Thursday, July 30, 2009

Warm summer afternoons

It's finally warming up a bit! We have had consistent temperatures of 80 during the day and 60 at night, bringing our plants out of their shells and into bloom. Summer sort of feels like it might be here, now that it is the last day of July. So, to honor the herb harvests that we have been having and to celebrate the luxury of drinking cool cocktails on warm summer afternoons, today I am sharing a few new drinks from the restaurant. Most of these delicious concoctions were created by Christopher Becerra, our fearless bar-leader extraordinaire. All of them are using ingredients grown here on our farm or are from farms near-by, and all are made with domestic liquors, making these equally as great for the environment as they are for your tastebuds!

The Famous Uncommon Bloody Mary, complete with fresh chive bouquet.

Agua Fresca, the summers best drink, so deliciously sweet and refreshing, with a nasturtium blossom cut from the garden. This one can be spiked with Thatchers Cucumber Liqueur or Thatchers Elderflower Liqueur, both delicious and organic from Temperance, MI.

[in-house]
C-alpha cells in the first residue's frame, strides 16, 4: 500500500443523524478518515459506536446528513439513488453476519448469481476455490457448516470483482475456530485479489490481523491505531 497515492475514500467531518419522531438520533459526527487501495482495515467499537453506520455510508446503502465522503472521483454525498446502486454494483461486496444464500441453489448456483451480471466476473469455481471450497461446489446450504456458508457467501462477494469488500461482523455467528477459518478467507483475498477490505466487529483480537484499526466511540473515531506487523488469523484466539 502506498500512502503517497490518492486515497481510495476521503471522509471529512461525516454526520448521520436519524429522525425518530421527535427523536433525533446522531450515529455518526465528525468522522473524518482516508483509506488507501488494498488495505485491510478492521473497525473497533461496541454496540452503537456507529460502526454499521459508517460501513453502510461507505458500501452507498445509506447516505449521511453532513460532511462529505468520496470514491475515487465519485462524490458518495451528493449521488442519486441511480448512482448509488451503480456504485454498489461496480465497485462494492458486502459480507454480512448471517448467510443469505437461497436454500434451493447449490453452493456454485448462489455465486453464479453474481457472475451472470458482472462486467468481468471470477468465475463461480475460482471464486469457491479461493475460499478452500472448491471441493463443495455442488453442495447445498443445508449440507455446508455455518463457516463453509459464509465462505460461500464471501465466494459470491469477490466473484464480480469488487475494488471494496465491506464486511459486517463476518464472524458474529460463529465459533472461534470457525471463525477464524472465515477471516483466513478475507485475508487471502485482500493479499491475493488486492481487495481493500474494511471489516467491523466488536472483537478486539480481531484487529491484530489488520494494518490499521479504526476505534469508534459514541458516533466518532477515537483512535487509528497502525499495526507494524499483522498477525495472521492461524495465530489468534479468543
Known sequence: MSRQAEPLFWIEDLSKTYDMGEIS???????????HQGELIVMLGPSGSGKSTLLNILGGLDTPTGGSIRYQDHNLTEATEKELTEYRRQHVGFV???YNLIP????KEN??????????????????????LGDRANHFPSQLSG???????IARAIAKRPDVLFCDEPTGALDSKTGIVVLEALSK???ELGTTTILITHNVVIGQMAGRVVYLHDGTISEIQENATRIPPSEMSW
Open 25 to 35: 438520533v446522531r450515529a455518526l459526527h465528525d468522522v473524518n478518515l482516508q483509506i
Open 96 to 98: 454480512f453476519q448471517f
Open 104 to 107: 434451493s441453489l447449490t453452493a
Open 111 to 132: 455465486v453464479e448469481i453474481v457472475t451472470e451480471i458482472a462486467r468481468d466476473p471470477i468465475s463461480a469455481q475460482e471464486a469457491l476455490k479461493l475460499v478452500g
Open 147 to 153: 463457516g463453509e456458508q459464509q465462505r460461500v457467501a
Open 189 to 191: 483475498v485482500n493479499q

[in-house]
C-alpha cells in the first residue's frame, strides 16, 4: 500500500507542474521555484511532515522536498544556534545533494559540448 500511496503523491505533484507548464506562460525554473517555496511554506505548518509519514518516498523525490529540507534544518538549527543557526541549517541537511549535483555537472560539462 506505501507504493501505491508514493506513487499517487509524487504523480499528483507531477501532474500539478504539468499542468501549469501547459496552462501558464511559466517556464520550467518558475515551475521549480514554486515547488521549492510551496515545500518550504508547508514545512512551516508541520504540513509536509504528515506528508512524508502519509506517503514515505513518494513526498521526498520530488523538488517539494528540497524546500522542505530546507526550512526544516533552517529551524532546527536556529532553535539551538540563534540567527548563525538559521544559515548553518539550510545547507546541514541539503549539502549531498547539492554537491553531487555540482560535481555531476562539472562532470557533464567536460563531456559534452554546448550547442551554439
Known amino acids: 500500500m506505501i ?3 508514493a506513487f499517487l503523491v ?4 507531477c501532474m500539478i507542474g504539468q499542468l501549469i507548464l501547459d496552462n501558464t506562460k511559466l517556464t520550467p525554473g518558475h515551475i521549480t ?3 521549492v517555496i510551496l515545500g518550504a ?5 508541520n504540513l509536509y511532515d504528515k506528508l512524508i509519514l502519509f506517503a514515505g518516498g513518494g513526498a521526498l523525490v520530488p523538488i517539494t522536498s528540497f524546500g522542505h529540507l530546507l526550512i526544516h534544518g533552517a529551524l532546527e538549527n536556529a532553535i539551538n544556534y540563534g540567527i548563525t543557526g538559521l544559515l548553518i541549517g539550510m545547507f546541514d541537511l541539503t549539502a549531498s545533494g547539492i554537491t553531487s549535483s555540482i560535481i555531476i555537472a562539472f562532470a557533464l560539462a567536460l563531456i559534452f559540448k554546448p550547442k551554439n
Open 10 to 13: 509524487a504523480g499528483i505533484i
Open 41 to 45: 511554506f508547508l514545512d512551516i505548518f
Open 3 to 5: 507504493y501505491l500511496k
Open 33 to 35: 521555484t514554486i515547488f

The Treetini, seasonally changing but always supporting the planting of new trees (for each drink purchased a tree is planted!) This season's is a Market Berry version, made with Organic Rain Vodka and Organic Veev Liquor, garnished with a nasturtium blossom.

The Blue Moon, incredibly perfect in every way, I could drink a gallon of these. Cap Rock Vodka, with a housemade blueberry and purple basil syrup and a fresh purple basil, blueberry, and peach muddle in the bottom. So good.

Wednesday, July 22, 2009

Blessing and the Blight

A few photos and notes strickly about the farm this week!

Most of the tomato plants are looking so good, so tall and so full of flowers. However, one of them is starting to take on a few characteristics of a fungal disease called Tomato Blight. This disease affects the lower leaves, giving them a yellow color dotted with black spots. If you start to see this on your plants, try to catch it while it is just beginning. You can spray the plants with an organic fungicide if you catch it quick, and that will hopefully end the spread of it to your other tomato (or potato plants). Otherwise you need to tear out the infected plants, put them into plastic bags and throw them away. The preferred method of riding your farm from blight is to burn the plants, but farming in the city doesn't allow us to do this.